At Christmastime, Jane closes up the school. St. John asks her if she feels good about the work she’s been doing, and when she admits that she does he asks if she would devote her entire life to charitable works. She says that she couldn’t do that; she wants to enjoy her own life, too.
Jane begins preparing Moor House for Diana and Mary’s return. St. John objects to her keeping her talents and abilities for her private domestic life and argues that she has larger duties in the world.
Jane ignores St. John and spends a few days getting Moor House ready, cleaning and decorating.
On the Thursday when Diana and Mary are supposed to arrive, Jane is waiting at the house for them. St. John arrives first; she shows him everything she’s done in the house, but he doesn’t care about any of it and starts reading a book.
Jane realizes that St. John is right about his calling – he really doesn’t care about leading a pleasant, comfortable life, only about huge, glorious projects and challenges and sacrifices.
Diana and Mary arrive and are delighted with all Jane’s work in the house.
A poor boy comes and asks St. John to go and see his dying mother. St. John does and comes back tired but happier.
Diana, Mary, and Jane spend Christmas week hanging out together and chatting; St. John gets away from them to do different clergyman-type duties as much as possible.
Diana and Mary ask St. John about his plans; he has arranged to go to India next year, and he’s heard that Rosamond Oliver is about to be married to someone else. Nobody really knows how to react to this, but St. John seems to be calm about it now.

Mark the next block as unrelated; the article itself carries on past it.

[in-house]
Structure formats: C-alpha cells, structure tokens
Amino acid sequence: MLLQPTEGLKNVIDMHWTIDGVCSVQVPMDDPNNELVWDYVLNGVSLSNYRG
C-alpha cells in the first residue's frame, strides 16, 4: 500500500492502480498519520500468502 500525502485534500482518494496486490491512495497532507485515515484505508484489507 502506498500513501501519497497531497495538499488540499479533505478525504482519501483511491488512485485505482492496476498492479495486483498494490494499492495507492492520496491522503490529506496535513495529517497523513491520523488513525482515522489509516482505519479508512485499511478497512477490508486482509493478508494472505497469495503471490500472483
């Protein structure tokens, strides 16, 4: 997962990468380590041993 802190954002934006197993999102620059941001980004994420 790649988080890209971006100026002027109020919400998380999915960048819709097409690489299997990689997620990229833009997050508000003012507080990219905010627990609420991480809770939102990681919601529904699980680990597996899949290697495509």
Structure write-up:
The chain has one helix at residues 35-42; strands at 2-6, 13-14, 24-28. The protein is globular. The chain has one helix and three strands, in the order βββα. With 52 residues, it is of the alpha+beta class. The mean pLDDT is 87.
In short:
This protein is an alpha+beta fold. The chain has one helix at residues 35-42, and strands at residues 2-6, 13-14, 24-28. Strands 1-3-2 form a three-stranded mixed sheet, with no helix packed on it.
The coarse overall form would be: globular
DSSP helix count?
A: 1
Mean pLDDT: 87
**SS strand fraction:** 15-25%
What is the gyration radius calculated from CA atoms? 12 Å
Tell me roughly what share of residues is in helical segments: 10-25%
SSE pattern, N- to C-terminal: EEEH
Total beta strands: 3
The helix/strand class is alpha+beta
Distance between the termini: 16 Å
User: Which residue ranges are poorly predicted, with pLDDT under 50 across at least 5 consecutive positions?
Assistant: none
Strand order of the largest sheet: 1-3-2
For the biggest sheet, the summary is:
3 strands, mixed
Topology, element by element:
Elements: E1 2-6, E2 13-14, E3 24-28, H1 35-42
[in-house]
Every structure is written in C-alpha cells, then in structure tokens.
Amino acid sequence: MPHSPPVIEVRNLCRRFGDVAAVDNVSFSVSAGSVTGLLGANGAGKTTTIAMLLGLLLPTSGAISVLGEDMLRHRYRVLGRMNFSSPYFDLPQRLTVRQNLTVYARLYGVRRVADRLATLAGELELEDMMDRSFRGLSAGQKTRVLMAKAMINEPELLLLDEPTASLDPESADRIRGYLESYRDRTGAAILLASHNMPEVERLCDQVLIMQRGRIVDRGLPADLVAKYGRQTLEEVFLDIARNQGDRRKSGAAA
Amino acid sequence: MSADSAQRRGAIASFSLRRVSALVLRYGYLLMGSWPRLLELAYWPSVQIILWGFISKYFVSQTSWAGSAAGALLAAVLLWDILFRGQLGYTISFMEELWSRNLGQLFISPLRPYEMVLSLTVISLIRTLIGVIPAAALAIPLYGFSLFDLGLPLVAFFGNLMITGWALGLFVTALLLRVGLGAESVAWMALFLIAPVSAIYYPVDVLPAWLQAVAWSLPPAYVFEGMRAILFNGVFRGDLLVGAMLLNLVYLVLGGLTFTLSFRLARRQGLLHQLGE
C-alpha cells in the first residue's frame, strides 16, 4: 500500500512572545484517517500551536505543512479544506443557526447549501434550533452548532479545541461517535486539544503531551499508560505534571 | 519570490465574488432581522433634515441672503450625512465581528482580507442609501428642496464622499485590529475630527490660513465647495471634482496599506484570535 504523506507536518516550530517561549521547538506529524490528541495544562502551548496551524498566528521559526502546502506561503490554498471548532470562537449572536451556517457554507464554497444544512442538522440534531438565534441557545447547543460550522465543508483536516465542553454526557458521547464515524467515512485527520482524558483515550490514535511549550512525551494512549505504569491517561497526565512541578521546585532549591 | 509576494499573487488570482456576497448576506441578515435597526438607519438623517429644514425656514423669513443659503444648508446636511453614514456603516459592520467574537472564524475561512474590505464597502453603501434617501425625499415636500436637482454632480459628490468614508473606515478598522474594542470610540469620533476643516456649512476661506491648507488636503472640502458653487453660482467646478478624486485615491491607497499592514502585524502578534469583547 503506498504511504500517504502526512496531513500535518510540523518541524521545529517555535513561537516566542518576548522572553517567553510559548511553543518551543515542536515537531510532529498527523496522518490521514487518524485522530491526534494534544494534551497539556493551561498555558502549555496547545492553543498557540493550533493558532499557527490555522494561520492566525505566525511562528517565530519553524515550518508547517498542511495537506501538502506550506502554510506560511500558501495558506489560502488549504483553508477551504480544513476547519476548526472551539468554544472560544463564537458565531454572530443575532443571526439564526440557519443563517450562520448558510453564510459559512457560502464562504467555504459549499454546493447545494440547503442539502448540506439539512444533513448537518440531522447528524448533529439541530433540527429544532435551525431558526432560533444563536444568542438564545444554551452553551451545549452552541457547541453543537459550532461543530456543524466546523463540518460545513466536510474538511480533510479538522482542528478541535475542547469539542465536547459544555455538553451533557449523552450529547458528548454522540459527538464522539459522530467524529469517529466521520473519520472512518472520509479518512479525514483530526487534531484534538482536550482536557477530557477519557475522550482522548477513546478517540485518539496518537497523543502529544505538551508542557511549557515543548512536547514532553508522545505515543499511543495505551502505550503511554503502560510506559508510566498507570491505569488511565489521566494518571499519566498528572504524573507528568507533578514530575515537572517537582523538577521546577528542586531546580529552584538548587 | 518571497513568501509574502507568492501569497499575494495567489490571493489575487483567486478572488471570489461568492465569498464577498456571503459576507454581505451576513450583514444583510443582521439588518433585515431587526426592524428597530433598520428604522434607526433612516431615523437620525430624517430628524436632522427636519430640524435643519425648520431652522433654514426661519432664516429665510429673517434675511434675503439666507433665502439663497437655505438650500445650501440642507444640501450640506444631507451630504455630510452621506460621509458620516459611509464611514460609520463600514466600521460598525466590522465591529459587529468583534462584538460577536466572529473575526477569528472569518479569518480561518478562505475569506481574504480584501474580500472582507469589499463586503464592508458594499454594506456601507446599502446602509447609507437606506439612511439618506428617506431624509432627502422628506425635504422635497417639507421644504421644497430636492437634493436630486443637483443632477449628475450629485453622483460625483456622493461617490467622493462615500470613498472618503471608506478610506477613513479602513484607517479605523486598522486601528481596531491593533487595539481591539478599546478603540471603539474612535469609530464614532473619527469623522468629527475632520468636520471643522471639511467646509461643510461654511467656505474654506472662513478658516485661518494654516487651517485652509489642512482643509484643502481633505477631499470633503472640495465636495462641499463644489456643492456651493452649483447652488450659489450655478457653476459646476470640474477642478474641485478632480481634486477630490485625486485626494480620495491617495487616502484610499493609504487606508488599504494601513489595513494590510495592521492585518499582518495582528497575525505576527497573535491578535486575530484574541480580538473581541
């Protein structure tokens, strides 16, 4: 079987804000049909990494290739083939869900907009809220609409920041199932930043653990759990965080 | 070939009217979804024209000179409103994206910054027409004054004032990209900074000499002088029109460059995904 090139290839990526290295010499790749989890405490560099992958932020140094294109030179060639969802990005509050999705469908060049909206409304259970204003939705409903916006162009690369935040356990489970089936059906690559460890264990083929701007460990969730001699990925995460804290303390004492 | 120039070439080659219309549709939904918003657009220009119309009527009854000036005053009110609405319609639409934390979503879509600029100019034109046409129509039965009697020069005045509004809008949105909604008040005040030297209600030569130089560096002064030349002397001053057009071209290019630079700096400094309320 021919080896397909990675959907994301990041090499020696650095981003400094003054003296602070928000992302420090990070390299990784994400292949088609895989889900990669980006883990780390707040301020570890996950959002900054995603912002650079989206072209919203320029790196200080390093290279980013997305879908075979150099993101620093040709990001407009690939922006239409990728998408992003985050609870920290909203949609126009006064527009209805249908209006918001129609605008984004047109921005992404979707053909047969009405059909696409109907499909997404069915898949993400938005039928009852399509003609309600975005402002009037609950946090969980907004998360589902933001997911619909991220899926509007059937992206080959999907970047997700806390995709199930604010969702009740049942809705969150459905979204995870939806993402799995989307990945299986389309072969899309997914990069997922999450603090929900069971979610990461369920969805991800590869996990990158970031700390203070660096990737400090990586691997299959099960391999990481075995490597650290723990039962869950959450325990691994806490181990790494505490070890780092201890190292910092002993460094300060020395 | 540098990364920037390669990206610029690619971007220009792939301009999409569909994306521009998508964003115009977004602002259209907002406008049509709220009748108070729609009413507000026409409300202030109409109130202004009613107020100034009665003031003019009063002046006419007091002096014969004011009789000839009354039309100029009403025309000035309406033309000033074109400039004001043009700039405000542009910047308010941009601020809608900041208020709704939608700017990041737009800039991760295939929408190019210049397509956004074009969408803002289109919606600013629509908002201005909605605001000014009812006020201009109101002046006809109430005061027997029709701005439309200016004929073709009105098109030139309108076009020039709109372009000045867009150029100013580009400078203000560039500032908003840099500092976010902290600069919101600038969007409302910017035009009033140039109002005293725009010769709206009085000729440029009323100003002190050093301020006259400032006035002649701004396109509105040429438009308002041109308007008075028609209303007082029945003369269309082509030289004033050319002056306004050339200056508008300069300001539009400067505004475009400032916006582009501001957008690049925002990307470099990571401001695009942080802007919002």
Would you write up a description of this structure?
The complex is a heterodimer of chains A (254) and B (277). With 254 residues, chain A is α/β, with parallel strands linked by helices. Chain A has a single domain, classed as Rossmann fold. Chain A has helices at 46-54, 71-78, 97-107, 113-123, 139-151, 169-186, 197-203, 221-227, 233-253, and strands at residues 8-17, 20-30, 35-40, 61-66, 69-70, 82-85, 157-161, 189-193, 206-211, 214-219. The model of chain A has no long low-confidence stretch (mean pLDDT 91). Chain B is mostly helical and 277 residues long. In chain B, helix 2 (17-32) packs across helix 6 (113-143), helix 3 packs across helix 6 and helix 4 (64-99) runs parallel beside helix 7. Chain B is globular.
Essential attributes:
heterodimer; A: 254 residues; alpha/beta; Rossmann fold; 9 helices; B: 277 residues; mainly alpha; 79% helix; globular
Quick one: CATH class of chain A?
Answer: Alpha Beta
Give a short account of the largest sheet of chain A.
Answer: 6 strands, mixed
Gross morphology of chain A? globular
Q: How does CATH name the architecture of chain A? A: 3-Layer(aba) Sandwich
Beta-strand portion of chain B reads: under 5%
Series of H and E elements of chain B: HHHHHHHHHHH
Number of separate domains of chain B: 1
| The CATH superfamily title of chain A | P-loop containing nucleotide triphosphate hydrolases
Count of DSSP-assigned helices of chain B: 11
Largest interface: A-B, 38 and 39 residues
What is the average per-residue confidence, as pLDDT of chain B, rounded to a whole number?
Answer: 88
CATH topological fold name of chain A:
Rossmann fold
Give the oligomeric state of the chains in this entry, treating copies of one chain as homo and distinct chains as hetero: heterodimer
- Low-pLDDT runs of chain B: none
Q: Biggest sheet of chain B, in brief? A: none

For a few weeks, things settle into a pattern; each of the women has something she’s reading or studying, and Jane also makes weekly visits to the school. St. John is really excited about these weekly visits and encourages Jane to make them in all weathers.
One day, St. John asks Jane to stop learning German and start learning Hindustani, because he needs a study-buddy and he thinks she would be better than either of his sisters. She agrees.
Jane makes progress studying Hindustani, but somehow her teacher-student relationship with St. John makes her feel like she’s very much under his control. She starts to be extremely obedient to him whenever he asks her to do anything.
One evening, when St. John is kissing his sisters goodnight, Diana convinces him to kiss Jane, too, because she’s sort of like a sister to them. He does, and the kiss is super-weird.
More and more frequently, Jane wants to please St. John, but she feels like she has to suppress her real personality to do it.
Jane writes to Mrs. Fairfax, but doesn’t hear anything back from her.
One day, St. John asks Jane to go for a walk with him. They go out onto the moor and sit beside some large rocks. St. John tells Jane about his plans to leave England for India in six weeks.
St. John asks Jane to marry him and go with him to India; he says that God intended her to be a missionary’s wife.
Jane objects, saying that she doesn’t have the right calling to be a missionary. St. John says that he’s watched her for ten months (that’s how long she’s been in Morton), and he can tell she has all the right qualities.
Jane asks for time to think, and they sit in silence. She realizes that she could do the work, but is worried that living in India would kill her. She also realizes that St. John might approve of her, but he’ll never love her.
Jane offers to go with St. John to India as his fellow-missionary, but refuses to marry him.
St. John tries to persuade her that there’s no way for her to go to India if she’s not married to him; going alone together, both of them single, just wouldn’t be right in his opinion.
Jane sticks to her guns again. She’ll go with him, but not as his wife. They can continue to be like brother and sister, since they are, after all, cousins, or even act just like co-workers.
St. John refuses this arrangement again…they seem to be stuck in a loop here.
St. John tells Jane that he’s going to Cambridge for two weeks to say goodbye to various friends and that he wants her to think bout it while he’s gone.
That evening, they shake hands before going to bed; St. John is angry with her, although he thinks that he’s forgiven her.